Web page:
Plan now for Pee-on-Earth Day 2024

In just two days, it’s time for everyone’s favorite holiday — Pee-on-Earth Day!

When you flush your urine down the toilet, you use a gallon or more of drinking water. From there, your urine enters the stream of wastewater, typically joining human feces to be processed in a wastewater treatment plant or a septic system. By treating urine like feces, our society wastes clean water and energy (energy to purify the drinking water, and energy to run the wastewater treatment plant).

Here in the northern hemisphere, human urine doesn’t spread pathogens. And human urine actually makes a pretty good fertilizer, for plants that want a lot of nitrogen. So instead of flushing urine away, you can spread it directly on plants, although urine is such a concentrated fertilizer you probably will want to dilute it so you don’t give the plants fertilizer burn.

Pee-on-earth bumper sticker. Image (c) Carol Steinfeld, used by permission.

The one problem with human urine as a fertilizer is that First World humans tend to eat way too much salt, and excess salt gets processed out of our bodies through our urine. There are a number of ways to deal with this problem. First, you could eat less salt, which would be good for your health. Alternatively, you can spread urine on a compost pile; some salt will leach out during composting, plus the addition of other compostables will lessen the concentration of the remaining salt significantly. Composting is probably the best alternative, because when you compost urine you can adjust the inputs to the compost to balance the high nitrogen content of the urine.

My spouse, Carol, who writes about ecological pollution prevention strategies, invented the term “peecycling” to describe recycling urine as a fertilizer. She peecycles year round, using urine collection bottles made of used plastic juice bottles (thus turning a single-use plastic bottle into a multiple-use peecycling jug). We’re apartment dwellers, but we have a tiny side yard where we have a compost pile. Then we use the compost to fertilize our tiny eight foot square garden.

However, not everyone can peecycle year round. That’s why Carol has declared June 21, the longest day of the year in the northern hemisphere, as Pee-on-Earth Day. Everyone can save at least some of their urine and return it to the earth on Pee-on-Earth Day. Find or make a peecycling jug now, so you’re ready for June 21!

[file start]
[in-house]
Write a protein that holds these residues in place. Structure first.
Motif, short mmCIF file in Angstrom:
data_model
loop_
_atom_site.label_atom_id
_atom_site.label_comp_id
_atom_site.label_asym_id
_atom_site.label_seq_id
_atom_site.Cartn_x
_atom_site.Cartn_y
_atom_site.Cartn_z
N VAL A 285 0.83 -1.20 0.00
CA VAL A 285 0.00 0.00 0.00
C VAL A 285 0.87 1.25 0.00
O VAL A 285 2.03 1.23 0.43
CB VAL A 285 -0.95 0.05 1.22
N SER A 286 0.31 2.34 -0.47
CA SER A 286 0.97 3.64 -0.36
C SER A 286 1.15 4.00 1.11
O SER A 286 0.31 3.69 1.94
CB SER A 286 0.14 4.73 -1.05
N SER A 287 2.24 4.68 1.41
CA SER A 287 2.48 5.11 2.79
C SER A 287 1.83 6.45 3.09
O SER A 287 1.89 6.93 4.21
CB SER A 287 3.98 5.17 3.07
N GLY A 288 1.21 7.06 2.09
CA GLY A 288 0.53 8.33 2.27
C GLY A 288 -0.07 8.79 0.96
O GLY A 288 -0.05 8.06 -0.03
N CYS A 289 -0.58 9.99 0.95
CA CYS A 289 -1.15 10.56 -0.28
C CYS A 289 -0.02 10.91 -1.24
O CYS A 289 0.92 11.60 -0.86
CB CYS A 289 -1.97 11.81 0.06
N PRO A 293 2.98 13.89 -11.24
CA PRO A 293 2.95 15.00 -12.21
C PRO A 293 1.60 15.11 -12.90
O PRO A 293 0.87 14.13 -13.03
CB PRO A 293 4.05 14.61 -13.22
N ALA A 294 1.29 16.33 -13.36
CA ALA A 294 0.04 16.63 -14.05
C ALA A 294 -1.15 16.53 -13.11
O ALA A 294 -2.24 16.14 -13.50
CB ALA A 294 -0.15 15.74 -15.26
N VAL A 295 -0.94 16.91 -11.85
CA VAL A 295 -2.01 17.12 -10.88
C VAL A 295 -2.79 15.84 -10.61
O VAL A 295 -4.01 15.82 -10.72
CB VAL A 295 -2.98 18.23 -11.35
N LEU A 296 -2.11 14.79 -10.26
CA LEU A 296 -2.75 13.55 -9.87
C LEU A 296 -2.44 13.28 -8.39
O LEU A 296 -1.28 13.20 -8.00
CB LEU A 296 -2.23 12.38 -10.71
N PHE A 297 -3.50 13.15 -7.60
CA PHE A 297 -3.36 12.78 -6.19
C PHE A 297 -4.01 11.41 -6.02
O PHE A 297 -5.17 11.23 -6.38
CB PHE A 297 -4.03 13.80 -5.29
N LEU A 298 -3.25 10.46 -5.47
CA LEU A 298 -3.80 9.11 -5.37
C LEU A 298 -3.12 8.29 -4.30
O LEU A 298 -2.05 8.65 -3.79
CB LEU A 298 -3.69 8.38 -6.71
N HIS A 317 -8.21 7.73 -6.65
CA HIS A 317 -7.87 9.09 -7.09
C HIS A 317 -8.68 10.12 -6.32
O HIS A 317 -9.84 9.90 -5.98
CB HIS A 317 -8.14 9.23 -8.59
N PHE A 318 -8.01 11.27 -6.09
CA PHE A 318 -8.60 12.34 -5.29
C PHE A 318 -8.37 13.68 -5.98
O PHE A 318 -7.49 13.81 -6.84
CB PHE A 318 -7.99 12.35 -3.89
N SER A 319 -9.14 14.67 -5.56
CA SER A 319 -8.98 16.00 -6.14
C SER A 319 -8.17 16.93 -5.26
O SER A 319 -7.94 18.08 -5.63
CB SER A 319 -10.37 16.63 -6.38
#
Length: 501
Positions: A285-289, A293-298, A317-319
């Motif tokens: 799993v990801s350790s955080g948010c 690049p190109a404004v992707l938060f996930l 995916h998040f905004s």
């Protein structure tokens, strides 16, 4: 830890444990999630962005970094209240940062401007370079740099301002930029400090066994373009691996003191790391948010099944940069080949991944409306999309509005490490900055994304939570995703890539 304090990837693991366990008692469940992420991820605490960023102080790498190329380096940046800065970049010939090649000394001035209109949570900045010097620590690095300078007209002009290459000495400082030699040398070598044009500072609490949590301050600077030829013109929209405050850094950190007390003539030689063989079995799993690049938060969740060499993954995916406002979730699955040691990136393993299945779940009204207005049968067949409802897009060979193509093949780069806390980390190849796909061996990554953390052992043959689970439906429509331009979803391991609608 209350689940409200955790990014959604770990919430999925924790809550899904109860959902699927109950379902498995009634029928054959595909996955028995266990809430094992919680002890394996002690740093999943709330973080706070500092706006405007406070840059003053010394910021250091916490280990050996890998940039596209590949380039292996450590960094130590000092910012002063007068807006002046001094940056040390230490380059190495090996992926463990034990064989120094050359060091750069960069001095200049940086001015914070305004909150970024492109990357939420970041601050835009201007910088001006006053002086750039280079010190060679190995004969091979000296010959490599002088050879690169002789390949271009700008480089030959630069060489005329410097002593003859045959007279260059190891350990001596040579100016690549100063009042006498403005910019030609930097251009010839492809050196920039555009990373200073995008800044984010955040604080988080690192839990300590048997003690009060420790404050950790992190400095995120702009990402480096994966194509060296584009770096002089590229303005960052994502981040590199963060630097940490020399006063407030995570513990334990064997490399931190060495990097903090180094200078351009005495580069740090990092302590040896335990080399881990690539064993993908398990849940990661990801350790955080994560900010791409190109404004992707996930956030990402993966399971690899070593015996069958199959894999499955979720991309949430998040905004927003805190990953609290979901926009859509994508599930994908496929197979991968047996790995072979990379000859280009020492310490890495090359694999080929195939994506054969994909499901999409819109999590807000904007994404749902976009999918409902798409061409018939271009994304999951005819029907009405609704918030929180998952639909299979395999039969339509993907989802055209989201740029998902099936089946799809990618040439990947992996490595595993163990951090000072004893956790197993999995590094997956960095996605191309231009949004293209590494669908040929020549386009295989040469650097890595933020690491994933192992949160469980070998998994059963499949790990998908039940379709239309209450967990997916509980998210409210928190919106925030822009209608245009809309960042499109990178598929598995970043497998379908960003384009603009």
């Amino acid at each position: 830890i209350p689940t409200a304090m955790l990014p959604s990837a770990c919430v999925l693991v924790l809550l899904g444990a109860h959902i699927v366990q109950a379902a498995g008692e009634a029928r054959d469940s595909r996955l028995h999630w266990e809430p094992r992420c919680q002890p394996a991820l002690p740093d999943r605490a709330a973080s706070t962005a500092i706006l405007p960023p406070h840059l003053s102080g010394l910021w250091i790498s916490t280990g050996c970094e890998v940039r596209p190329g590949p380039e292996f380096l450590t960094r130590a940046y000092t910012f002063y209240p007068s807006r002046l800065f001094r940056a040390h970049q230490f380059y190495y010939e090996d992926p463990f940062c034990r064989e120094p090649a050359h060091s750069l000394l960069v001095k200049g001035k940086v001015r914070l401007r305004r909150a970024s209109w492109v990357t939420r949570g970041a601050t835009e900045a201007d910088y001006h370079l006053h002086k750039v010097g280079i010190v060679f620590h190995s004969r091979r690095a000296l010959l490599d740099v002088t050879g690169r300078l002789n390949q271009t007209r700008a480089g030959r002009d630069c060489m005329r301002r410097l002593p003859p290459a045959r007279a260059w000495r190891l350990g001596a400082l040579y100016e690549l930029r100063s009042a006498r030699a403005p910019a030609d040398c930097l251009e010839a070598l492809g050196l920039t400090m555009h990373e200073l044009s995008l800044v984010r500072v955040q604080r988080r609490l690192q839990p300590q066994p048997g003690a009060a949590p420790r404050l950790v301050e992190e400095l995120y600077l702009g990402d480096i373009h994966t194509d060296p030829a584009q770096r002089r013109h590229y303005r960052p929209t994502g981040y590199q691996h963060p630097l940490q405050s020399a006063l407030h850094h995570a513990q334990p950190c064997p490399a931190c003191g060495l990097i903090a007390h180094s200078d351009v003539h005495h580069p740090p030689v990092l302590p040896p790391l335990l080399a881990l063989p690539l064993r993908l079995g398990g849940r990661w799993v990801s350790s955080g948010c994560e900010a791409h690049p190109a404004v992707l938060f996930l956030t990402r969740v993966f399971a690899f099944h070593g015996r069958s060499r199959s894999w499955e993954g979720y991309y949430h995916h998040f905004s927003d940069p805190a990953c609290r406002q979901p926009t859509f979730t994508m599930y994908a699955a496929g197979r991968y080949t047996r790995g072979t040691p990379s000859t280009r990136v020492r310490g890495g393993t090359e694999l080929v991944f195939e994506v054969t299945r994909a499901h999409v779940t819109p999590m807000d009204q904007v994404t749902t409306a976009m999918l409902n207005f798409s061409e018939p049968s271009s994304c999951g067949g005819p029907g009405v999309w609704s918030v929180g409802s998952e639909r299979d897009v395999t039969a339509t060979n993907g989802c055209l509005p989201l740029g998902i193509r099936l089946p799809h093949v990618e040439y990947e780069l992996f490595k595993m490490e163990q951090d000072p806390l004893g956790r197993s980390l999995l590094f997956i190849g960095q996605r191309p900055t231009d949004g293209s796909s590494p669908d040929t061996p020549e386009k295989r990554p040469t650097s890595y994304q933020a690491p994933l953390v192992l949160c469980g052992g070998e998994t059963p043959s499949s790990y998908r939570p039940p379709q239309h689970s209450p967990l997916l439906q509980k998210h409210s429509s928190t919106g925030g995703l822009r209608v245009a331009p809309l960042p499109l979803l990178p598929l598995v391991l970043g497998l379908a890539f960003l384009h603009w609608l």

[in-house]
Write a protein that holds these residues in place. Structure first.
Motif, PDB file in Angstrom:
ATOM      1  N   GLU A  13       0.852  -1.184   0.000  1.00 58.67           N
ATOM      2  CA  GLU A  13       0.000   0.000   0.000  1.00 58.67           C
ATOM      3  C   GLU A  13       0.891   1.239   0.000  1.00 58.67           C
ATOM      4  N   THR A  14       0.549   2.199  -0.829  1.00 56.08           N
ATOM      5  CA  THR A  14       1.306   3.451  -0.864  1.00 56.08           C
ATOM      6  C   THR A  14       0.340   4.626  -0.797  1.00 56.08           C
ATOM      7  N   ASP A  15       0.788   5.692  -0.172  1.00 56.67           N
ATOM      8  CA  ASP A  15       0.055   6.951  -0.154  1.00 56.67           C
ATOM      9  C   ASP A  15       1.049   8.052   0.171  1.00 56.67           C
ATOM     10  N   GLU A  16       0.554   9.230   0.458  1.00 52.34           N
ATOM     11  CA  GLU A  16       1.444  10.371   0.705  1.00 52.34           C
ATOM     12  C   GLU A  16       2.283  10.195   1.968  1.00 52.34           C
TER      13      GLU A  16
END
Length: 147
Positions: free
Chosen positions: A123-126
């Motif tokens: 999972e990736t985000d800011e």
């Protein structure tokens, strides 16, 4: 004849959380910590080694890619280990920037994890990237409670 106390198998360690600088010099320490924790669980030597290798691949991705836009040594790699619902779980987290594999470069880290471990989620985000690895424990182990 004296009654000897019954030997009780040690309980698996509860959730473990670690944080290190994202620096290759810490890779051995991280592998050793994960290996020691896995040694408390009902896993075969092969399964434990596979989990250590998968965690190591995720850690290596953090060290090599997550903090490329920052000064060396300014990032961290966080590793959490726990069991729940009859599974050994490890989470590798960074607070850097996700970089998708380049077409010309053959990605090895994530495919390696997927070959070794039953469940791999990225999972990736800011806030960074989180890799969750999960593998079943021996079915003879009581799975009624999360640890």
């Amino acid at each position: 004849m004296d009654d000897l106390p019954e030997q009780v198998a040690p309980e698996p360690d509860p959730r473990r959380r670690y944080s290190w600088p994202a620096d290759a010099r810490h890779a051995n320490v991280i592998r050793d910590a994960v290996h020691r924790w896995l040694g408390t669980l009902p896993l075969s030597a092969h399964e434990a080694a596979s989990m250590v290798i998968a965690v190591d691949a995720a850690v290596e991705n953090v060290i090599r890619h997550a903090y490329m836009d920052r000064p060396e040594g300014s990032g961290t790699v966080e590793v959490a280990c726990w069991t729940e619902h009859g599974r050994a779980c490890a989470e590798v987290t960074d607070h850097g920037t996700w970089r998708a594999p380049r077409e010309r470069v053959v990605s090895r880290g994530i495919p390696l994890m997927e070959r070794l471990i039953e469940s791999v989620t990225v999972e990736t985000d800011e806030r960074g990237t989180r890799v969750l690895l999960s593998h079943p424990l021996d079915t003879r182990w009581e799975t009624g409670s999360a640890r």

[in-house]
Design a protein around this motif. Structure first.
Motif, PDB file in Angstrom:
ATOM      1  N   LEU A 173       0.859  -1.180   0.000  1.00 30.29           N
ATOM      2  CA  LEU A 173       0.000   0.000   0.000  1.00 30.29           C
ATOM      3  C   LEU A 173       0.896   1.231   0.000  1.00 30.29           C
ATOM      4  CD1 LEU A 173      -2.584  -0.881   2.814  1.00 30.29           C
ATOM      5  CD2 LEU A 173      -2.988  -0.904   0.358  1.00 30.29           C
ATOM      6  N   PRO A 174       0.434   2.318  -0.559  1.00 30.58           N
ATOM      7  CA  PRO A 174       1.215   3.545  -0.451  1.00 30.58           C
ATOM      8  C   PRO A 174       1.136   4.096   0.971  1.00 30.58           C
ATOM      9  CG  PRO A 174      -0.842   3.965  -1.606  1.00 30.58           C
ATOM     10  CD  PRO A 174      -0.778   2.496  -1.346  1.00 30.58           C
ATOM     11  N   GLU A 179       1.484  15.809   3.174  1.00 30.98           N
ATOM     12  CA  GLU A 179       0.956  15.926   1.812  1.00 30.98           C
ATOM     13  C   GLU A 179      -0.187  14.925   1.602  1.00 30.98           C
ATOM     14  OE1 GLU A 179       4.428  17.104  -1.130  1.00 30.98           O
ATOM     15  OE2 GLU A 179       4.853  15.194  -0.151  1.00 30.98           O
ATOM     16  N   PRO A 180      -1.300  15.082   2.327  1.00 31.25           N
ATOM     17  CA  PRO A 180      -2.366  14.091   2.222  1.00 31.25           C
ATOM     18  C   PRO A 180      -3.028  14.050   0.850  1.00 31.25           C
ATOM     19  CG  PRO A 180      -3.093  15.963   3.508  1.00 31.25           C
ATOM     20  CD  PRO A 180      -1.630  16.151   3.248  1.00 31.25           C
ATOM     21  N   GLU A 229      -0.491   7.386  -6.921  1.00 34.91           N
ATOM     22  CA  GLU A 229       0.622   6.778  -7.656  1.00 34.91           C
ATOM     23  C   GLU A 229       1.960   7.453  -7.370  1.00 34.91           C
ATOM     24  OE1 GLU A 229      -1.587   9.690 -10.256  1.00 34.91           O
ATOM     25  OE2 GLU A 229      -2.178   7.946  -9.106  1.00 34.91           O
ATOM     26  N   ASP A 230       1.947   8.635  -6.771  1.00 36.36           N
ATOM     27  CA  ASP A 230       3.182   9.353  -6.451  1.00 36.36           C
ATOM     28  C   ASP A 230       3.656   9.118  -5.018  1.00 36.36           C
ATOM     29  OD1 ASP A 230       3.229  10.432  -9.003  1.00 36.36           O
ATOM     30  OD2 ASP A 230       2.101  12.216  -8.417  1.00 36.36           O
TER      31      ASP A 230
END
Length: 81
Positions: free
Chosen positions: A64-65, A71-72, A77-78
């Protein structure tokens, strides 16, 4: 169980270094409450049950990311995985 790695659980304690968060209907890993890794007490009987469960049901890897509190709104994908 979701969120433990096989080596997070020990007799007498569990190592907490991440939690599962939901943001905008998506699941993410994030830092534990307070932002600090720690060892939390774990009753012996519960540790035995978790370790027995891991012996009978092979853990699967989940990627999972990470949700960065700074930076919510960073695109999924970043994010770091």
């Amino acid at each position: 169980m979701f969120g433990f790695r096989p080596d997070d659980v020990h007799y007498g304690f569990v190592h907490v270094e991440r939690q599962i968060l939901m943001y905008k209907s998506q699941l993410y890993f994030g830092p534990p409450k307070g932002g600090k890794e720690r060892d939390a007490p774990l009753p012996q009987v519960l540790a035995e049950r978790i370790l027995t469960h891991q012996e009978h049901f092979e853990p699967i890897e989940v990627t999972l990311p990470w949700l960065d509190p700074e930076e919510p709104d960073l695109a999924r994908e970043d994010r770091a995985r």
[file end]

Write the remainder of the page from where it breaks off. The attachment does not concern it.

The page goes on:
Learn more in Carol’s book, Liquid Gold: The Lore and Logic of Using Urine To Grow Plants. Order her book online here. UPDATE: Carol’s webhosting service has bonked her website — if you want a copy of the book, leave a comment or email me and I’ll make sure you get one. (If you order it through Amazon, Carol gets almost nothing from the sale, so if possible please order direct from her.)

(By the way, I’m the one who coined the phrase “liquid gold” to describe reusing urine, some thirty years ago. It’s my one claim to literary fame.)

Emblem saying "Urine Charge — Take Life Full Circle!"

Pee-on-earth Day is June 21!

It’s that time of year again — if you’re in the northern hemisphere, get ready to pee on the earth! June 21 is annual Pee-on-earth Day, a day to urinate outside.

By urinating outside, you don’t have to use water for flushing. As climate change gets weirder we’re going to have more droughts, so why waste drinking water to flush your pee? Besides, it’s fun to pee outdoors. At least, as long as no one can see you. And if someone can see you, just pee in a bottle and then spread your pee on some needy plant outdoors. Urine makes good high-nitrogen fertilizer, though you might want to dilute it first.

You can learn more about Pee-on-earth Day from its originator, Carol Steinfeld (she’s my spouse) here. She even wrote a book about it titled Liquid Gold: The Lore and Logic of Using Urine To Grow Plants. If you want to order a copy, leave me a comment and I’ll try to get you a deal….

Pee on Earth Day 2014

Pee on Earth Day is an annual holiday designed to remind us that we are an integral part of the water cycle. Pee on Earth Day is celebrated on the first day of summer (June 21 for the northern hemisphere), since it is likely to be warmest then, and we don’t want to freeze any delicate bits.

I just celebrated Pee on Earth Day. It is somewhat challenging to do so in an urban setting. Let’s just say I waited until dark, and now there is a very happy plum tree.

Conclusion of youth service trip

Here’s the rest of the story about the youth service trip….

We finished up with Habitat for Humanity on Thursday, June 20. From there, we drove to the Big Oak Canyon site of Earthroots Field School, in Silverado Canyon east of Los Angeles. We worked there on Friday, June 21, helping prune and rehabilitate an abandoned orchard, and doing some trail maintenance. We camped at Big Oak Canyon — half of us slept outside under the stars. (Since June 21 was Pee on Earth Day, several of us celebrated the day by avoiding the portapotty when possible.) Then on Saturday, June 22, we drove back up to Palo Alto.

Starting tomorrow — Sunday, June 23 — Carol and I start driving across the country to visit family.

(Posted on July 1, and backdated.)

Pee on Earth Day is June 21

Don’t forget that Pee on Earth Day is June 21 in the northern hemisphere. According to Carol, clean water is becoming an increasingly scarce commodity in many parts of the world, so flushing urine (which is basically sterile) down the drain with a couple of gallons of perfectly good drinking water doesn’t make sense. Make a political statement tomorrow, and promote pee on earth.

More information, including proper urine/water dilution ratio for plants, can be found here.